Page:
Goldsmith had doubts over legality of Iraq war

Attorney general was not bullied into backing invasion, says Blair's ex-chief of staff
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Lord Goldsmith, the former attorney general, remained unconvinced that military action against Saddam Hussein was legal even after a crucial United Nations resolution was secured, it has emerged.

Resolution 1441, signed in November 2002, was cited by Tony Blair and the Bush administration as the legal basis for invading Iraq. It stated that Saddam would be in "material breach" of UN orders if he failed to co-operate with the terms it set out.

However, official documents seen by the Iraq inquiry team suggest that Lord Goldsmith, responsible for advising the government on the legality of the invasion, was not persuaded that the resolution had resolved the legal question marks in the months after it had been agreed.

Lord Goldsmith warned Mr Blair that invading Iraq could be illegal in a letter sent in July 2002. It is the first time that his doubts after the intervention of the UN have been revealed by Sir John Chilcot's inquiry. A further resolution, giving clear permission for an invasion, was never secured.

Sir John said Lord Goldsmith told Number 10 that "he would need some time to reflect" on the implications of resolution 1441 once it had been signed. "It appears from what we read that he did not feel convinced at that time... that standing on its own it would be a secure base," he said.

Shortly before the invasion took place in March 2003, Lord Goldsmith told the Cabinet that he was persuaded that there was a legal basis for toppling Saddam. However, the inquiry heard yesterday that he had only given equivocal backing just weeks earlier and had come under pressure to make a decisive judgement.

Jonathan Powell, who was the chief of staff for the former prime minister, said that Mr Blair ordered his attorney general to give a "definitive" answer on the question of legality but denied that Lord Goldsmith had been bullied into giving his backing to the war.

In early March, Lord Goldsmith had told Mr Blair that a "reasonable case" could be made that resolution 1441 gave the go-ahead for military action. However, he also warned that a further UN resolution would be preferable.

The inquiry heard that he was called to a meeting with Mr Blair four days later, as attempts to secure the explicit approval from the UN failed. "I don't know if he was asked for a definitive opinion before 11 March. He was certainly asked for a definitive view on March 11," Mr Powell said.

"My experience of lawyers is often you have an 'on the one hand, on the other'. But sometimes they have to come down on a decision one way or the other on an issue. You can't have it both ways, and I think that is what is happening in this period."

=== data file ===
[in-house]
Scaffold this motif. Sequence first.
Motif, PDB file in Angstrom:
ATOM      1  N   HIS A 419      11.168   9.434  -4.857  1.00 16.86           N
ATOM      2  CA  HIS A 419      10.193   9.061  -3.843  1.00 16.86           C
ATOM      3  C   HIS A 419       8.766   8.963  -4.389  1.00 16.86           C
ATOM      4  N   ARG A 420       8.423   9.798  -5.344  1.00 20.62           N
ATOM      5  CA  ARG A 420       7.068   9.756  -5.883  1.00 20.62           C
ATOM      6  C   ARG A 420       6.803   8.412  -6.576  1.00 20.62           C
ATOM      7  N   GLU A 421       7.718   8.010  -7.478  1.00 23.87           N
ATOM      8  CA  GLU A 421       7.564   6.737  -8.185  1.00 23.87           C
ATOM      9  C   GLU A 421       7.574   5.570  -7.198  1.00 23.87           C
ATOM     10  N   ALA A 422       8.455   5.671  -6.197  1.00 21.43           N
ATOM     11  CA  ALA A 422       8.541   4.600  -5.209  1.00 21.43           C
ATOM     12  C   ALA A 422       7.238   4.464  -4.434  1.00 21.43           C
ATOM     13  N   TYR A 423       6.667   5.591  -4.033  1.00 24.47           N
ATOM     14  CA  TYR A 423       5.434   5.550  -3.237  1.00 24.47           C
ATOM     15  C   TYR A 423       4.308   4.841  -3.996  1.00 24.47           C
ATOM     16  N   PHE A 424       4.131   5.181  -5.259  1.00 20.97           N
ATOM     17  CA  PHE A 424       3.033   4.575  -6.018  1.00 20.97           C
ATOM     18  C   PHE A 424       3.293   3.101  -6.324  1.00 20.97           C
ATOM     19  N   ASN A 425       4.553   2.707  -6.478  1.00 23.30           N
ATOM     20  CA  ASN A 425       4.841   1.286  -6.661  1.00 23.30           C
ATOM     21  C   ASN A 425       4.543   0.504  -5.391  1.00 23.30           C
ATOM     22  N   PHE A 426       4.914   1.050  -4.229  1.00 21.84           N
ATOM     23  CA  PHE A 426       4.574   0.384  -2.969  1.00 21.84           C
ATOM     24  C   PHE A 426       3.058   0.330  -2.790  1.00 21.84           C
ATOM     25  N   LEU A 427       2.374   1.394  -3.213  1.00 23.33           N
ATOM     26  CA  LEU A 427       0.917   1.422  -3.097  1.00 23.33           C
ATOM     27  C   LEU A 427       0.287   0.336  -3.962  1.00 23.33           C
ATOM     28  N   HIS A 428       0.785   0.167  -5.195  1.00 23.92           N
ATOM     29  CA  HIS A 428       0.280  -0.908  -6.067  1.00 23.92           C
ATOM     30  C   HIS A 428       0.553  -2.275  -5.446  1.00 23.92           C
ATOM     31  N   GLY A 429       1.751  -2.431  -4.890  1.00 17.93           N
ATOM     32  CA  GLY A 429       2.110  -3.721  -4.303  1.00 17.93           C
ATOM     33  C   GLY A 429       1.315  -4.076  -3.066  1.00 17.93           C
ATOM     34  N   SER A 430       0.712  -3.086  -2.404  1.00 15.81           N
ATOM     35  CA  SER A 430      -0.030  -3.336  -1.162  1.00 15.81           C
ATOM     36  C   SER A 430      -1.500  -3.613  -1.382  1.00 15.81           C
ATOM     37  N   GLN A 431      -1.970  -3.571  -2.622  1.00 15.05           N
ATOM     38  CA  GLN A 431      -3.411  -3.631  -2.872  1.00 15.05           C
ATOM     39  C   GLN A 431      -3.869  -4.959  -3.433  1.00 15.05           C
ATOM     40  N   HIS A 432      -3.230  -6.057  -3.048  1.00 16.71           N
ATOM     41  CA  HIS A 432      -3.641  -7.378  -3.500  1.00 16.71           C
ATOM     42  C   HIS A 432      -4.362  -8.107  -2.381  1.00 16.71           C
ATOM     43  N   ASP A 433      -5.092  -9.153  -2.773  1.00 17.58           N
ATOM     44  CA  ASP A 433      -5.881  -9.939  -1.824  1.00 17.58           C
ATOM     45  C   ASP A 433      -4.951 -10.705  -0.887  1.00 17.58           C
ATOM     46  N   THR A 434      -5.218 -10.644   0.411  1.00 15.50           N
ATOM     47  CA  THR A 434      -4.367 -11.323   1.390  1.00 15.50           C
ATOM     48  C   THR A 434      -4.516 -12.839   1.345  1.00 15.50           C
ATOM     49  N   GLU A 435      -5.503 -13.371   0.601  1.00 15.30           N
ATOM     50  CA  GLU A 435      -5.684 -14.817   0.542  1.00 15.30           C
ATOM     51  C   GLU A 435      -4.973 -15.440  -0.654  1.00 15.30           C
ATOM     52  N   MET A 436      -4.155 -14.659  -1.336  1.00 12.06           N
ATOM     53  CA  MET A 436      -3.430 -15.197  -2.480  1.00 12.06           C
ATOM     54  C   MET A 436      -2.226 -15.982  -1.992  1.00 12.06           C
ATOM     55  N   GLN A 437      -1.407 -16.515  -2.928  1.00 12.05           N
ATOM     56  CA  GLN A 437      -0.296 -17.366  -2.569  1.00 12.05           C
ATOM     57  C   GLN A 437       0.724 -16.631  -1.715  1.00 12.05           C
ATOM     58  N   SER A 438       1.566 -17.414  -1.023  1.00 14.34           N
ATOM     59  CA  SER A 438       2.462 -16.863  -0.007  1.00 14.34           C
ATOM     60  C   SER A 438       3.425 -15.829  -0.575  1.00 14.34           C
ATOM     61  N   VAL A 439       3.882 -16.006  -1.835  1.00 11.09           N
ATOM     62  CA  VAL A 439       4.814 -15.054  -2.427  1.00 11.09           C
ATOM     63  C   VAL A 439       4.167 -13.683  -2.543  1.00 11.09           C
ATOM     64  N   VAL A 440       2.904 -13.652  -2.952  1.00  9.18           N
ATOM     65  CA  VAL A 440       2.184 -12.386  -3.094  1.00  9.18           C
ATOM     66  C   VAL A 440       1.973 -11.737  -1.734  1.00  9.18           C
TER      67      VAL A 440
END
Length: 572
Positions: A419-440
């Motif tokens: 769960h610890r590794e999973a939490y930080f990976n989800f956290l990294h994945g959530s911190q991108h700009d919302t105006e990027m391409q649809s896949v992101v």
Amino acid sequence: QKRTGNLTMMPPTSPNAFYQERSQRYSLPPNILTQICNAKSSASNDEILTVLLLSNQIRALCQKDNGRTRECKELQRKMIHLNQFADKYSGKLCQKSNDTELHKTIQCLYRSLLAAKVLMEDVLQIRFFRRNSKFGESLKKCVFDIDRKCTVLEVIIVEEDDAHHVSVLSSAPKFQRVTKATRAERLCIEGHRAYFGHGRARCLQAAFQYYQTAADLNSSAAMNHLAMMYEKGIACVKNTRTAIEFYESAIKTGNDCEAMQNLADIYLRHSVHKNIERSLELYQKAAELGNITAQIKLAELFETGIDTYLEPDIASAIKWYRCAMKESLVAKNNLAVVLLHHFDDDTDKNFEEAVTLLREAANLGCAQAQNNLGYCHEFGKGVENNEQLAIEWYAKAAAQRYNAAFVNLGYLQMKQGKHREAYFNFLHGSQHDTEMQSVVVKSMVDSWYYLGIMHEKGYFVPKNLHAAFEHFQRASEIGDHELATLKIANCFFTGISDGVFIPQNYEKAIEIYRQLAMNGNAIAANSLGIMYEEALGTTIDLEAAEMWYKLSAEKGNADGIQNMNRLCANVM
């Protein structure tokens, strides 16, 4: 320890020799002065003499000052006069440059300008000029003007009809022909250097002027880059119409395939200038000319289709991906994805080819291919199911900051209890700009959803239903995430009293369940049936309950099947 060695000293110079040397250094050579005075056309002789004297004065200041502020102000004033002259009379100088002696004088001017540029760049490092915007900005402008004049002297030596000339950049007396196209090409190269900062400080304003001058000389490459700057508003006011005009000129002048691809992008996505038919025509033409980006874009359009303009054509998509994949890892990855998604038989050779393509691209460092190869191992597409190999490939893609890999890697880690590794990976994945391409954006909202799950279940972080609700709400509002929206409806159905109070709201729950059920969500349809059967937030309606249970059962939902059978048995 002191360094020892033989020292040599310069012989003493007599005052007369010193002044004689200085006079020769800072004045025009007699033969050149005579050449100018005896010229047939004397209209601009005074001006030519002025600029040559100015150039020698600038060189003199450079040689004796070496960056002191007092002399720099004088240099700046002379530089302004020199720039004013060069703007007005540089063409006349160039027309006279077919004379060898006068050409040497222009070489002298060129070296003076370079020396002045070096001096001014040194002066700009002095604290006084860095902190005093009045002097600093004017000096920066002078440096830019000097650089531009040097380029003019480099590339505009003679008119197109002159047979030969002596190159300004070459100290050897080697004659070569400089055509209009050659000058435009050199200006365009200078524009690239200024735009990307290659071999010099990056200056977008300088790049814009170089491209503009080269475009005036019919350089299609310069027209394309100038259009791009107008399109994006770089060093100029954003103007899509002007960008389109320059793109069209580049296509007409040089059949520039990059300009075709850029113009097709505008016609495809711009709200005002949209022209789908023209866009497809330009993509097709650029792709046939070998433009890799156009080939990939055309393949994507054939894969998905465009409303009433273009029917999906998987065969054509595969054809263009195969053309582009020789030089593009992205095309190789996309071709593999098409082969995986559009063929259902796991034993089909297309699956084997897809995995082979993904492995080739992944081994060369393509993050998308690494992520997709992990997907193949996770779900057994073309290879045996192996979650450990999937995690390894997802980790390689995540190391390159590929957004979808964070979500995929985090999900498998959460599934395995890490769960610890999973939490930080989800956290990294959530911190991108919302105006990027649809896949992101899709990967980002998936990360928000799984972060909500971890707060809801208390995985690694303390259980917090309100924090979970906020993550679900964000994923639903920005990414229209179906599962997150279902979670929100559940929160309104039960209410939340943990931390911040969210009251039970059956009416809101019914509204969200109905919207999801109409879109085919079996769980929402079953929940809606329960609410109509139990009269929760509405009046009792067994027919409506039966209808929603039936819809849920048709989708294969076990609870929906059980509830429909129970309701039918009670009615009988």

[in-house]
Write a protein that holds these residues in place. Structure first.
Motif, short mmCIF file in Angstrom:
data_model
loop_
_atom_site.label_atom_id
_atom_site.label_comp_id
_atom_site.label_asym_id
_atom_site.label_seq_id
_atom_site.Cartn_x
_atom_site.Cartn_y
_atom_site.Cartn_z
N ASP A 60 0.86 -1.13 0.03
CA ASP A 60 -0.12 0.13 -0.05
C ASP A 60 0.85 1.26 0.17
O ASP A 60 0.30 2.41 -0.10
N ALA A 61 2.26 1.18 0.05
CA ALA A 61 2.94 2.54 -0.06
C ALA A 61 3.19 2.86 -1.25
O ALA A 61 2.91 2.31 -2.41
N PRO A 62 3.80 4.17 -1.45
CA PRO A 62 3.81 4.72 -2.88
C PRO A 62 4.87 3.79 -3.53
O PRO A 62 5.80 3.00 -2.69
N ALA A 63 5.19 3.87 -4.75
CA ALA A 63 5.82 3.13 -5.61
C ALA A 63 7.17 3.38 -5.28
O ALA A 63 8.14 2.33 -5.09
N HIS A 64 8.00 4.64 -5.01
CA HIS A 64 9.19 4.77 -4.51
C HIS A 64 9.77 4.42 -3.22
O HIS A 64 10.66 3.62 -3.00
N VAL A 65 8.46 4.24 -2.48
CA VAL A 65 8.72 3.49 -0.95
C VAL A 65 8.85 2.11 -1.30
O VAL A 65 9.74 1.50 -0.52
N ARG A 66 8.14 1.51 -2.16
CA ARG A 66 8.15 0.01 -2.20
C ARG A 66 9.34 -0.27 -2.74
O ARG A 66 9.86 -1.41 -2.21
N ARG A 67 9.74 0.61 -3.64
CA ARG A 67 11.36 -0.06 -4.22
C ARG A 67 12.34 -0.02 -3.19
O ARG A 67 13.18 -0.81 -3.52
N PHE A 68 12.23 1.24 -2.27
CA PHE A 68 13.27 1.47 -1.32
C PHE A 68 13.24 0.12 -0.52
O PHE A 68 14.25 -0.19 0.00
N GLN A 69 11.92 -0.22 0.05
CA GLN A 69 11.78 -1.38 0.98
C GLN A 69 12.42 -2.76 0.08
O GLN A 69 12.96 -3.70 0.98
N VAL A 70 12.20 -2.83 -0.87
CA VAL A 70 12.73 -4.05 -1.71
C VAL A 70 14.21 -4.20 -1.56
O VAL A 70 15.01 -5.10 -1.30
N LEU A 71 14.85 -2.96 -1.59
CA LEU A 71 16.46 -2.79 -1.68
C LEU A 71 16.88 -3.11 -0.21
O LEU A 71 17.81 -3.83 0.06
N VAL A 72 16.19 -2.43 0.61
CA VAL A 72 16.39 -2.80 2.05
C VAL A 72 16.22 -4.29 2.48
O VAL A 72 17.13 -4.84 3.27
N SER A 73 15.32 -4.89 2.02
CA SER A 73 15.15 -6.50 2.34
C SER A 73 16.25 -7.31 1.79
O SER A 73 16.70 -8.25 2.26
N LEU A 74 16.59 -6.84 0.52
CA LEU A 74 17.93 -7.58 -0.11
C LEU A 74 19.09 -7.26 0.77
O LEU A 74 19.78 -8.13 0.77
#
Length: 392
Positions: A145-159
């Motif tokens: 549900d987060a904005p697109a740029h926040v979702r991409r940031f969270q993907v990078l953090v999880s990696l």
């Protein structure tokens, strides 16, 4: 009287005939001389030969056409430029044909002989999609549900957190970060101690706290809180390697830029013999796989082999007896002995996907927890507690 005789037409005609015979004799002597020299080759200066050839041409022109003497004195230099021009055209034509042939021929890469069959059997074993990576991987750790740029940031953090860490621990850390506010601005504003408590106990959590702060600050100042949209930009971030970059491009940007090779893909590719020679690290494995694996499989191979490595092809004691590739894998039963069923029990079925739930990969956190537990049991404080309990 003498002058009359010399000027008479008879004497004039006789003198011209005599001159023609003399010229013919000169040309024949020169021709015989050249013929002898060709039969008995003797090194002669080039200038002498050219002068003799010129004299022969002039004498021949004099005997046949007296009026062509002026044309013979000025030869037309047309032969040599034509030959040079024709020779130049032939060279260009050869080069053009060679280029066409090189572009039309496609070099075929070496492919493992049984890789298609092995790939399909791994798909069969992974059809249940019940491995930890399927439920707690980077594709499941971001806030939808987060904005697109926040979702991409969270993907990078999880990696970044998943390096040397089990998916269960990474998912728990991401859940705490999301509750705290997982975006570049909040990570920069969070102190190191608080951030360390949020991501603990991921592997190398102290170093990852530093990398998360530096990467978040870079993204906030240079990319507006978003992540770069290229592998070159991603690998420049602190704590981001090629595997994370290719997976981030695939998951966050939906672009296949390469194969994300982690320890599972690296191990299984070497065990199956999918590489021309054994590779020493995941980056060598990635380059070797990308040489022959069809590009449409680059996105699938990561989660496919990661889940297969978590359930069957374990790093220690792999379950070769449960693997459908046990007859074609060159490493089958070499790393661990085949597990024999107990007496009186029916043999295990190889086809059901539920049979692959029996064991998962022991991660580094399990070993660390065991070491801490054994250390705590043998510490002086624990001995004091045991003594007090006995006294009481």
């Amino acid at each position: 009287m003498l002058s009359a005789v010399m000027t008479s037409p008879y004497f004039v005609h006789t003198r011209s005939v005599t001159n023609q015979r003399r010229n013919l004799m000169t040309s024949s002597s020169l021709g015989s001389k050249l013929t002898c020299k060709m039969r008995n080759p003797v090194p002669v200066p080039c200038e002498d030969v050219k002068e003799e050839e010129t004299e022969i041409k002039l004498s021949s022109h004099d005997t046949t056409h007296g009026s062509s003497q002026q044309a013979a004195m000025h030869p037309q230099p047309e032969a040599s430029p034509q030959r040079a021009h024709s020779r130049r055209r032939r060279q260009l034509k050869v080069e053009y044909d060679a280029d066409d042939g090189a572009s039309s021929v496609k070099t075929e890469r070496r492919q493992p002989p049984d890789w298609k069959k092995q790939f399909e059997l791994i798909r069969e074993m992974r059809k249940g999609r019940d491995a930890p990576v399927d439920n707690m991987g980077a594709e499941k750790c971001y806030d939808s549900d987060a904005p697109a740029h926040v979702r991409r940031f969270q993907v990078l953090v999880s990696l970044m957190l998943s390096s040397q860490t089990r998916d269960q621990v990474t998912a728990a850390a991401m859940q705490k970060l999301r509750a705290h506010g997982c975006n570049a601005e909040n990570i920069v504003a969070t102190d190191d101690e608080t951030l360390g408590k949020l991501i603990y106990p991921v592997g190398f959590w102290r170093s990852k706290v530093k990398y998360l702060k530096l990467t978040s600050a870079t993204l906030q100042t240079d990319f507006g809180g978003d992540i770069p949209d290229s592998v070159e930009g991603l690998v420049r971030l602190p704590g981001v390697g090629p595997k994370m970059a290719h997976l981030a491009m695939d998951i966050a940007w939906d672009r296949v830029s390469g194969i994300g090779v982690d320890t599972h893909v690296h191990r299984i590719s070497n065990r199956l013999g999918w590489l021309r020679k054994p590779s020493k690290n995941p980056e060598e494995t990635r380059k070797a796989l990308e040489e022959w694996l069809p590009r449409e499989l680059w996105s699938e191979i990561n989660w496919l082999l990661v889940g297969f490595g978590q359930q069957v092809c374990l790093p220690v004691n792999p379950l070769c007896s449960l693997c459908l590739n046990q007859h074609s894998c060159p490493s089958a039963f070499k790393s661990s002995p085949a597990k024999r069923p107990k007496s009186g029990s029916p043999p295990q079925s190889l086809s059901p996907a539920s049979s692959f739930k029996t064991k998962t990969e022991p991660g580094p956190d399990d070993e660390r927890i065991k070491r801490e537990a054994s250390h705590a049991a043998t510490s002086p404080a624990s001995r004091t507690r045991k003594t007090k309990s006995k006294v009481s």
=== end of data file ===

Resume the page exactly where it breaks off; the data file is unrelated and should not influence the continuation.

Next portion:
In response to demands for clarity from the head of the military, Admiral Lord Boyce, Lord Goldsmith issued a further page of legal opinion authorising the invasion three days before it took place. Mr Powell added: "You are not able to bully the attorney general but he was bearing a very heavy burden."

Mr Powell said that Mr Blair and his team realised that intelligence was not foolproof but took action on the assumption that Saddam remained a threat because he had used weapons of mass destruction (WMD) in the past.

He strongly rejected the suggestion made by the former ambassador to Washington, Sir Christopher Meyer, that Mr Blair and President George W Bush had "signed in blood" an agreement to go to war during a meeting in Crawford, Texas. "I was at Crawford," he said. "Christopher Meyer was not at Crawford. He was at Waco 30 miles away. There was not an undertaking in blood to go to war with Iraq. There was no firm decision to go to war."

The suggestion that Lord Goldsmith had legal doubts after resolution 1441 was secured will put further pressure on Mr Blair when he appears before the inquiry. It was finally announced yesterday that Mr Blair will be questioned on 29 January. He will give evidence during two three-hour sessions.

Geoff Hoon, the former Defence Secretary, will appear at the inquiry today. He is expected to be asked about claims that he blocked army officials from ordering vital equipment because he feared military planning would become public. Lieutenant General Sir John Reith told the inquiry on Friday that he had warned Mr Hoon that the last minute orders meant that Britain could miss the US deadline for any invasion.